Comparing the Effectiveness of On-Line versus In-Person Caregiver Education and Training for Behavioral Regulation in Families of Children with FASD

Abstract  
Different formats for delivering parent education designed to improve the functioning of children with FASD were evaluated.
Participants were randomly assigned to a treatment condition: (1) Community Standard/Informational Packet, (2) Group Workshops,
and (3) Internet Training. Overall satisfaction was high for all formats but the Workshop group received higher ratings on
usefulness, understandability, amount, overall satisfaction, and willingness to recommend than did the Community group and
higher ratings than did the Internet group on amount of information and overall satisfaction. All three groups improved in
their knowledge of behavioral learning principles but only the Internet and Workshop groups made significant gains in knowledge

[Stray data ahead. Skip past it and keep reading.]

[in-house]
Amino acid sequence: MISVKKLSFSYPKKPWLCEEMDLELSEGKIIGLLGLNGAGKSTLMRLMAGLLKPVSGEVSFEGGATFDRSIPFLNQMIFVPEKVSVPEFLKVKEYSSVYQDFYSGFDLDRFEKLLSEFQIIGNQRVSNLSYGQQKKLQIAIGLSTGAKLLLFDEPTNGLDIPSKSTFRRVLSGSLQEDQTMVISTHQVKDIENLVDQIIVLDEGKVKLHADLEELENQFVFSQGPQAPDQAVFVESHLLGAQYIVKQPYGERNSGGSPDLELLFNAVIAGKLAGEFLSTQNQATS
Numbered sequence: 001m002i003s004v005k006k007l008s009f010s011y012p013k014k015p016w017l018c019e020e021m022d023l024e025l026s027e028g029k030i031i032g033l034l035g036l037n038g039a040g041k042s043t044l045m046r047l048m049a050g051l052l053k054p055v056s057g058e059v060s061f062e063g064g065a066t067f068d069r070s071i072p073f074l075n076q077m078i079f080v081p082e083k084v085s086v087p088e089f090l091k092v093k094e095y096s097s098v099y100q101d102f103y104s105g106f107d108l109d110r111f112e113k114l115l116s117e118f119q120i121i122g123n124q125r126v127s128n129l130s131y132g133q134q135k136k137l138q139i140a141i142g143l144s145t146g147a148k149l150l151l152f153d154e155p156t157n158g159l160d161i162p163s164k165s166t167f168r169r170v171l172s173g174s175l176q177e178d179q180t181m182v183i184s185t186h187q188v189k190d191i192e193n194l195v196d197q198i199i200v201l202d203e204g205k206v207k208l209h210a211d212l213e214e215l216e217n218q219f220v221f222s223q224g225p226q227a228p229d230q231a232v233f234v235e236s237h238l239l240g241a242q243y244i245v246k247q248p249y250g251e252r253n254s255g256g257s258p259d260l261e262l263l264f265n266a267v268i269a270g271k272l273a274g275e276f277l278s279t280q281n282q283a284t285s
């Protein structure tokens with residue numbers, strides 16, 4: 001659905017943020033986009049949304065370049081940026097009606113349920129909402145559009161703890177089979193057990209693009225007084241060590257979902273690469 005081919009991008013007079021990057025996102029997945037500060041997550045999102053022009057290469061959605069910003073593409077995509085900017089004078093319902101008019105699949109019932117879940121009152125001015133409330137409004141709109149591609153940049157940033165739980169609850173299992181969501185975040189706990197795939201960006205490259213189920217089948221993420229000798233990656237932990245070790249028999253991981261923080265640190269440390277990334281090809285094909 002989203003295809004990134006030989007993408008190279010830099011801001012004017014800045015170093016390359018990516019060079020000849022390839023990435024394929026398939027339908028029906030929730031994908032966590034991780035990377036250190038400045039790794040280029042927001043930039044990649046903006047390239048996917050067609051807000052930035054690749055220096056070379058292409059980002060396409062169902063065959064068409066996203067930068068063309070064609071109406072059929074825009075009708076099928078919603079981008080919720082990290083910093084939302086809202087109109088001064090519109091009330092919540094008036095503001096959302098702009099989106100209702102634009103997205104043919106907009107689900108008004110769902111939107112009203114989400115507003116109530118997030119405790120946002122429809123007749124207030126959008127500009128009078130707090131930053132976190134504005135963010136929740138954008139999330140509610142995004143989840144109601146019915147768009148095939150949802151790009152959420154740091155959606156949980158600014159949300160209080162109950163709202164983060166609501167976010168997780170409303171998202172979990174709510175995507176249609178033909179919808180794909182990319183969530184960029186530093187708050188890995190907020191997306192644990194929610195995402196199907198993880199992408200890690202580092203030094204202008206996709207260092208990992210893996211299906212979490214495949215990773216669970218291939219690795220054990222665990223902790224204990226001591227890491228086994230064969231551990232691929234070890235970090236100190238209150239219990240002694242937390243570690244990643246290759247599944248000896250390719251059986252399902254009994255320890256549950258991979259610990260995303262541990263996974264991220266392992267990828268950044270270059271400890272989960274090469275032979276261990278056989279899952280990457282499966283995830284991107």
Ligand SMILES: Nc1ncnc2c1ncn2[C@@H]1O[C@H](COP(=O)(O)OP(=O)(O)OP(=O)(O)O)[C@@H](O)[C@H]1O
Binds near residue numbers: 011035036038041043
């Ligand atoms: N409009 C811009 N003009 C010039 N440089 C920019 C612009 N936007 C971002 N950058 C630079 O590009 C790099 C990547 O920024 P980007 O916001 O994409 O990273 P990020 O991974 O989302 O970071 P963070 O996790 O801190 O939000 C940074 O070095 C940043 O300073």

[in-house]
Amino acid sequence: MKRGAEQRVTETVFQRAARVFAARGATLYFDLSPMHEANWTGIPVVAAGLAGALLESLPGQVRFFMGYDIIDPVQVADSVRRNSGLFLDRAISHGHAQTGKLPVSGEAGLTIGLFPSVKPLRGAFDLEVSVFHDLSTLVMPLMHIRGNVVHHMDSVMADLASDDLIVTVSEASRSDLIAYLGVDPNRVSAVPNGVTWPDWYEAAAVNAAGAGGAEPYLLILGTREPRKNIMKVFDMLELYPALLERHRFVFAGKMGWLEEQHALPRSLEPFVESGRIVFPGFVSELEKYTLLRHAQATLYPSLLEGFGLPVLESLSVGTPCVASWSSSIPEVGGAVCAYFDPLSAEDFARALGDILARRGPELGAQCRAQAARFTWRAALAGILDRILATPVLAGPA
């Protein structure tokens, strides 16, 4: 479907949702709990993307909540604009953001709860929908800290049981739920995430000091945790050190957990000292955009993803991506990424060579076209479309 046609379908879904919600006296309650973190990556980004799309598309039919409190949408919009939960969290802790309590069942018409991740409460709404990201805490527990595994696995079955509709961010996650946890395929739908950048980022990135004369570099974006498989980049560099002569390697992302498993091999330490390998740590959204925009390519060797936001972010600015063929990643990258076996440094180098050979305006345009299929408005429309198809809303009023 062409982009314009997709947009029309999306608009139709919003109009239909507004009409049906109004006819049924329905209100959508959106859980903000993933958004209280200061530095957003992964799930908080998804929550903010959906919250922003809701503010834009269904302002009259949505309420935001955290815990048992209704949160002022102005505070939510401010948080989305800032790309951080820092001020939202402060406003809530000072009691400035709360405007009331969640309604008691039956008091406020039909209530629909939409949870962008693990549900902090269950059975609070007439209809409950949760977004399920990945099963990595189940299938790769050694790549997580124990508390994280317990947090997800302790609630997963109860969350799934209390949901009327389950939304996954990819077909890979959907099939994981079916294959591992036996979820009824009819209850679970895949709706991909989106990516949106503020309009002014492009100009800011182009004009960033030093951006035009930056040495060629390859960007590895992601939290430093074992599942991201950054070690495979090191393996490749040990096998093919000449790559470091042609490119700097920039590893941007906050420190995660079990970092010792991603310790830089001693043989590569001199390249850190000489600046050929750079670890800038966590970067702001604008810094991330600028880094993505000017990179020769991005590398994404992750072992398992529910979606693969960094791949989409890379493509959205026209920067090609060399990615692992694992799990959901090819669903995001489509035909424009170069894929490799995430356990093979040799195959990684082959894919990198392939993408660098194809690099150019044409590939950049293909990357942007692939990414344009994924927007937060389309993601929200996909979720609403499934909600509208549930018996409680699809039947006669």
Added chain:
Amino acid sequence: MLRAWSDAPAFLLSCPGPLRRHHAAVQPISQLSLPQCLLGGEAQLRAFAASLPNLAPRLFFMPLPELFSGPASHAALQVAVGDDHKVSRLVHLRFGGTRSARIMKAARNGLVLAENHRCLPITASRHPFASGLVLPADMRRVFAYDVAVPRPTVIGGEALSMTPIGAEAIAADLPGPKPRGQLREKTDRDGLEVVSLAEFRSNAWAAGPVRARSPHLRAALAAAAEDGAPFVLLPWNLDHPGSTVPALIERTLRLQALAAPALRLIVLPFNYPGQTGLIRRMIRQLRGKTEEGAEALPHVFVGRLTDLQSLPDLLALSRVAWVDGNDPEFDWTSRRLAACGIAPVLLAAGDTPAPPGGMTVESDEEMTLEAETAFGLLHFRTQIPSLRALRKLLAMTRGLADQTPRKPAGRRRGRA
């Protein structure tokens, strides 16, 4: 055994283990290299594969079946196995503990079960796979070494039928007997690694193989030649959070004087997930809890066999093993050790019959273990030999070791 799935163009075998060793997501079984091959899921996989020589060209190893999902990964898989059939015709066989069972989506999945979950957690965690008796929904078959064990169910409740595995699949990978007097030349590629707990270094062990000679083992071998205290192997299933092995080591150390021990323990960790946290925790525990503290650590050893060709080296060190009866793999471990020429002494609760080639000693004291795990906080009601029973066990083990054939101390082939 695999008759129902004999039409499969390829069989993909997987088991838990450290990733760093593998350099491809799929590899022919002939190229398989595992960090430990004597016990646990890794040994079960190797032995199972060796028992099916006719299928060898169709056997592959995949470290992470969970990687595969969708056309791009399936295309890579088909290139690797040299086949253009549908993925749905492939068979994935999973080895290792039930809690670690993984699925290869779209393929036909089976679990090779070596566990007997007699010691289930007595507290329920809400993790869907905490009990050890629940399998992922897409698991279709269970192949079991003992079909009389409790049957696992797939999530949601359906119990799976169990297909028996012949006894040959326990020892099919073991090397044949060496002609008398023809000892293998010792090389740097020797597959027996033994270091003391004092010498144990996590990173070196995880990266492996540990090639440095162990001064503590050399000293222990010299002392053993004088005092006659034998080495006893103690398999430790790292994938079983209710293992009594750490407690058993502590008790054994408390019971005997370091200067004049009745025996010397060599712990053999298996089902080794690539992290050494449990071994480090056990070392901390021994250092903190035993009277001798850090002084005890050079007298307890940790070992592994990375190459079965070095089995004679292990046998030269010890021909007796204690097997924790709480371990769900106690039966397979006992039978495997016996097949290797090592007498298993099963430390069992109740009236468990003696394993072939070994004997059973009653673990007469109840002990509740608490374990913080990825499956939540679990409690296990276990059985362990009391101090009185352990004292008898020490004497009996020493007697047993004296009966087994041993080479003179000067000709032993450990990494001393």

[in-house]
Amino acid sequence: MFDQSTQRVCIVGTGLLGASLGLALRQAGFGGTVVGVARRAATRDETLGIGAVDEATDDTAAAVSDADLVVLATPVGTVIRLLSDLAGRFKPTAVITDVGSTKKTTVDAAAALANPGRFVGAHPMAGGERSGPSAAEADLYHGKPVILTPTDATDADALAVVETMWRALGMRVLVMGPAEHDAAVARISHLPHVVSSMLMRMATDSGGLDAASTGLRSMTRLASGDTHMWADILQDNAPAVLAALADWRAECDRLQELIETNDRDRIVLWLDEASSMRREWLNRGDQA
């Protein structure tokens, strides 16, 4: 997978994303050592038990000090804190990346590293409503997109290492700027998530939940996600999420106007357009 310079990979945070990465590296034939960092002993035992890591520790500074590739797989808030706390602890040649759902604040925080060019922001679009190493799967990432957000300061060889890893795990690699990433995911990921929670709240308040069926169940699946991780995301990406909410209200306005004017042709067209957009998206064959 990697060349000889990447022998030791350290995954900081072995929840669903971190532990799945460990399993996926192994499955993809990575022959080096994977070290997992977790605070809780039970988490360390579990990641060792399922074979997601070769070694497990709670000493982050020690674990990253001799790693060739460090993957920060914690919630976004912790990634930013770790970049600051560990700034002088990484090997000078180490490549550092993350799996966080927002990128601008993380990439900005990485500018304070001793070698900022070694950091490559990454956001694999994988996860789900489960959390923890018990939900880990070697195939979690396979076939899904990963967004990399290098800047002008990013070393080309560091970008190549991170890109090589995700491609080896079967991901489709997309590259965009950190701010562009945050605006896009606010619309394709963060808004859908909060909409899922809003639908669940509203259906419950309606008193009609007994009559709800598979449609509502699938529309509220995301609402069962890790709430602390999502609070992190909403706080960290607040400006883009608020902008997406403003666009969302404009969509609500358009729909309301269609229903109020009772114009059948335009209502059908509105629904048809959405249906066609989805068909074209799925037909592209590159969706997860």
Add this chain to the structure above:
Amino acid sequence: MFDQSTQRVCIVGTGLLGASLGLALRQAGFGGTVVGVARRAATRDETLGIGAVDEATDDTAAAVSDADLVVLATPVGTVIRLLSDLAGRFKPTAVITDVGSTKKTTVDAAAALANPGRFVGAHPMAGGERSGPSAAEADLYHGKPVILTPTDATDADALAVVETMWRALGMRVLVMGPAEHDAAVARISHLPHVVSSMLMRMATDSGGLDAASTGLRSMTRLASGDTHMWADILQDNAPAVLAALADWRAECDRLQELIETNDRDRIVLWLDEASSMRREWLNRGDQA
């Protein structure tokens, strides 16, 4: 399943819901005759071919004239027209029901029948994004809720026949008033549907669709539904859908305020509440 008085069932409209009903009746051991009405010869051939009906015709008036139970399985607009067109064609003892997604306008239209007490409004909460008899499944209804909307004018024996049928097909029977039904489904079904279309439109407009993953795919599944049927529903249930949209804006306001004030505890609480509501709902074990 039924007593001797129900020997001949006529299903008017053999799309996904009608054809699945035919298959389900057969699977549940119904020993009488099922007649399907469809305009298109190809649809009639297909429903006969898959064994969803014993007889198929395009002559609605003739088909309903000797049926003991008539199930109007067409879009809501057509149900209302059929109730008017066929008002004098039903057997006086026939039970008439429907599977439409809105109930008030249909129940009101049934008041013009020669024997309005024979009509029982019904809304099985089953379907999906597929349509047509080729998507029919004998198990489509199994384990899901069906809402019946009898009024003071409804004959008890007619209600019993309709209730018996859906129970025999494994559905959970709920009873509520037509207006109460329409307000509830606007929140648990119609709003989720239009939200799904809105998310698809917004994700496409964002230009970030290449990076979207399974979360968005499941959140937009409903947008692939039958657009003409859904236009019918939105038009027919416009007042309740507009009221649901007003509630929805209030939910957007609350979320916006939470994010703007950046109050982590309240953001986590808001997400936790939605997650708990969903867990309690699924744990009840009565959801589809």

of FAS and advocacy. Improved behavior was only found in the Workshop and Community conditions. The results suggest all forms
of parent education have some benefits but the child’s degree of alcohol-related impairment, severity of behavioral symptoms,
and overall goals of the intervention may influence optimal choice.

  • Content Type Journal Article
  • Pages 1-13
  • DOI 10.1007/s11469-012-9376-3
  • Authors
    • Julie A. Kable, Marcus Autism Center, Children’s Healthcare of Atlanta, Atlanta, GA, USA
    • Claire D. Coles, Marcus Autism Center, Children’s Healthcare of Atlanta, Atlanta, GA, USA
    • Dorothy Strickland, Virtual Reality Aids, Inc., Raleigh, NC, USA
    • Elles Taddeo, Department of Psychiatry and Behavioral Sciences, Emory University School of Medicine, Atlanta, GA, USA
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